Last summer, Vilna’s Great Synagogue was once again in the news. Built in the 1600s, partially destroyed by the Nazis during World War II, and razed to the ground by the Soviets – who built a school on the site – the synagogue’s remains were identified by a team of Israeli, American and Lithuanian archeologists using ground-penetrating radar.
Yet Vilna itself has never fallen off the Jewish people’s radar map. Although the buildings of its famous Shulhoyf (synagogue courtyard) may have been destroyed, the Torah learning that made the city famous lives on in the famed Lithuanian-style yeshivos, the Vilna Shas, and the stories about the city’s most famous resident, the Vilna Gaon.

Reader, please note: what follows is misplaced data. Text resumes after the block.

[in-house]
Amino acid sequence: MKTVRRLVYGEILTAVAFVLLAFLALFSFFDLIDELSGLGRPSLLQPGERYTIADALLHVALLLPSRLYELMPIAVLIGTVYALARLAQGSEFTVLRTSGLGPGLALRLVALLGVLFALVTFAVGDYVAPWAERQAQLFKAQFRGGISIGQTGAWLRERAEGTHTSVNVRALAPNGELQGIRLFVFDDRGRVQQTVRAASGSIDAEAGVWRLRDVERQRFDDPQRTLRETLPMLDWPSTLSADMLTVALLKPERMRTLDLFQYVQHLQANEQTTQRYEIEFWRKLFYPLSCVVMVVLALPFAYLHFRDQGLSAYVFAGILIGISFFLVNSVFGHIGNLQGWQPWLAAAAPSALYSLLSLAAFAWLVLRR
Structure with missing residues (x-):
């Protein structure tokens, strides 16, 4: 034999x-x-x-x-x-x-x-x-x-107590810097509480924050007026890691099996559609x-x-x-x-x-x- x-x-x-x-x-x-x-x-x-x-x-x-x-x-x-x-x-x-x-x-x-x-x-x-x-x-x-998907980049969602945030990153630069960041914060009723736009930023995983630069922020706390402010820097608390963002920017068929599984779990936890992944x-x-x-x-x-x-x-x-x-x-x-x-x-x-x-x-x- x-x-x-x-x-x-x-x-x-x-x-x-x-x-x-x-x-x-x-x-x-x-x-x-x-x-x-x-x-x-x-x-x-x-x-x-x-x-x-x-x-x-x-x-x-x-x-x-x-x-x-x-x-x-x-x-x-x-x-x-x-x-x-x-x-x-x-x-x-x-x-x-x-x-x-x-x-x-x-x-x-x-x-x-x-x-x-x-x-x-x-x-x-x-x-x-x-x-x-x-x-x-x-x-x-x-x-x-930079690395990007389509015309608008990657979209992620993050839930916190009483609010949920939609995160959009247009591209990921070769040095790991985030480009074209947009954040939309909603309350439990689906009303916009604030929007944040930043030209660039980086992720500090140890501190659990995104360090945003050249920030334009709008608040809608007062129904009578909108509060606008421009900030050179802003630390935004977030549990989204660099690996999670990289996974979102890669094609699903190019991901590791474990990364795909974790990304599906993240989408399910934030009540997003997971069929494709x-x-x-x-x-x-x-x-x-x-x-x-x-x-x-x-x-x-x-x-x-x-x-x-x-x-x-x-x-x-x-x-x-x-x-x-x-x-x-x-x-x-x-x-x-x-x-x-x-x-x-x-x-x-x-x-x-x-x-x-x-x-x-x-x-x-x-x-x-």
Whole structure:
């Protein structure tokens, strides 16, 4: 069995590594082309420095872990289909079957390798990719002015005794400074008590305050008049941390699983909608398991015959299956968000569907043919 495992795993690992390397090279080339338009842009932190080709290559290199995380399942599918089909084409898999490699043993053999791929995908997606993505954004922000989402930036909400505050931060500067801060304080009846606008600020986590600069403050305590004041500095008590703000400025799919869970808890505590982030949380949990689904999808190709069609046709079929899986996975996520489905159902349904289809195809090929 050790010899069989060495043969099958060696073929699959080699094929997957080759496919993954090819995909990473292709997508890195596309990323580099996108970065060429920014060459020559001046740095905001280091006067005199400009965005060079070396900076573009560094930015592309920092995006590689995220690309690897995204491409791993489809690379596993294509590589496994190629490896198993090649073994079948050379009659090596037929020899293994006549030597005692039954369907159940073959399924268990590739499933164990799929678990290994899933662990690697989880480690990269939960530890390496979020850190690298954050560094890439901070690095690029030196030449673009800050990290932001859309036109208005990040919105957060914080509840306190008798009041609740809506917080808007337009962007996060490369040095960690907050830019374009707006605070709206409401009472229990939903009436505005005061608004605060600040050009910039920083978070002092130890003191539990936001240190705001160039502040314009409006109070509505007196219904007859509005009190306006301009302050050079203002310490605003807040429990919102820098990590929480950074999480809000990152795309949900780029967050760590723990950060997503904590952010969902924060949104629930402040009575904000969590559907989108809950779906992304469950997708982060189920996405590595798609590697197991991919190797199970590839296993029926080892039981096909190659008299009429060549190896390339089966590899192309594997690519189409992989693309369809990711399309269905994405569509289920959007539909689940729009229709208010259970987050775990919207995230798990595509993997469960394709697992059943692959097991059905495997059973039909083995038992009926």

A Mother City in Israel
When Napoleon conquered Vilna in 1812, on his way to wage war with the Russian Empire, he is reputed to have visited the Great Synagogue and surrounding Shulhoyf. Deeply impressed by what he saw, he promptly dubbed Vilna “the Jerusalem of Lithuania.” But long before the nineteenth century, Vilna was known by another name: a “Mother City in Israel.”
The precise term, ir va’em be’yisrael (“a city and mother in Israel”), is first found in Shmuel Beit 20:19. Technically the term can be used for any metropolis (“mother city” in Greek) that serves as a focal point or administrative center for the surrounding area. In Jewish lore, the term is traditionally used for those cities that were great not only in size, but also in spiritual stature thanks to their Torah leaders and communal institutions – and Vilna was certainly such a city.
Read the rest of the article at The Jewish Press.